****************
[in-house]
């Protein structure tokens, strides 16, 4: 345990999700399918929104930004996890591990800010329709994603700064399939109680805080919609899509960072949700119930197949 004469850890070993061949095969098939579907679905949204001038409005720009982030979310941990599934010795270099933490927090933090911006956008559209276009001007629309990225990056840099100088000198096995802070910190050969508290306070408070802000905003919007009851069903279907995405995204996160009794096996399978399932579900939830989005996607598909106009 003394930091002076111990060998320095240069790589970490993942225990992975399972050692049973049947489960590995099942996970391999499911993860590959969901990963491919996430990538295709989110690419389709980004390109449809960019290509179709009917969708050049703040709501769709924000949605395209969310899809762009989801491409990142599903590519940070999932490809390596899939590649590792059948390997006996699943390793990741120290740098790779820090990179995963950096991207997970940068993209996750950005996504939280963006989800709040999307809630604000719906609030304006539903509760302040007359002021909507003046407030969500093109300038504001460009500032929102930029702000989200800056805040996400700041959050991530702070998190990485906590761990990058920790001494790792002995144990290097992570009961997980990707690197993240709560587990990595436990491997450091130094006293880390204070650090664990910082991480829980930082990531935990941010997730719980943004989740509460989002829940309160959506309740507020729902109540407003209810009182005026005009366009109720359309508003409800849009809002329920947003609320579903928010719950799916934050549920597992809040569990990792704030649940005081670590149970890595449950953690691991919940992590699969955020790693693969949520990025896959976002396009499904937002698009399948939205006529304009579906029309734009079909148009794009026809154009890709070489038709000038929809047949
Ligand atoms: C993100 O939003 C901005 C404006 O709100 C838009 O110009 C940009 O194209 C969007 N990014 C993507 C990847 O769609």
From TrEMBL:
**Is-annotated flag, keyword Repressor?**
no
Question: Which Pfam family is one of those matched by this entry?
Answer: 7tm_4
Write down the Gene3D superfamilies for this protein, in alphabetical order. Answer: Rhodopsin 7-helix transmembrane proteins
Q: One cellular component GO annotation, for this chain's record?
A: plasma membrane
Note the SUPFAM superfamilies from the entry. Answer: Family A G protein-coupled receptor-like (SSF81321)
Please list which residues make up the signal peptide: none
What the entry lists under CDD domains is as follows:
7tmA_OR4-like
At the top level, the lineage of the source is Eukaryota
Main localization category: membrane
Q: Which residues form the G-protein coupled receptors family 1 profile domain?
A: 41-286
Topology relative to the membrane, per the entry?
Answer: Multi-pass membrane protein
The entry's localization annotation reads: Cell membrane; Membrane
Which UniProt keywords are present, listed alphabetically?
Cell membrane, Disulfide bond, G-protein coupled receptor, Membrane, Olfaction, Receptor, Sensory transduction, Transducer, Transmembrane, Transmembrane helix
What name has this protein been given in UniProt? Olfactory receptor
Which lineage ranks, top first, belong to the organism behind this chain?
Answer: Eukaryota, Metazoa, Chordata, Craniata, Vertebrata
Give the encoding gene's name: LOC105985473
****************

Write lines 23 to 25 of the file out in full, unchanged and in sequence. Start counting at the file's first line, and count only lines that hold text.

Which UniProt keywords are present, listed alphabetically?
Cell membrane, Disulfide bond, G-protein coupled receptor, Membrane, Olfaction, Receptor, Sensory transduction, Transducer, Transmembrane, Transmembrane helix
What name has this protein been given in UniProt? Olfactory receptor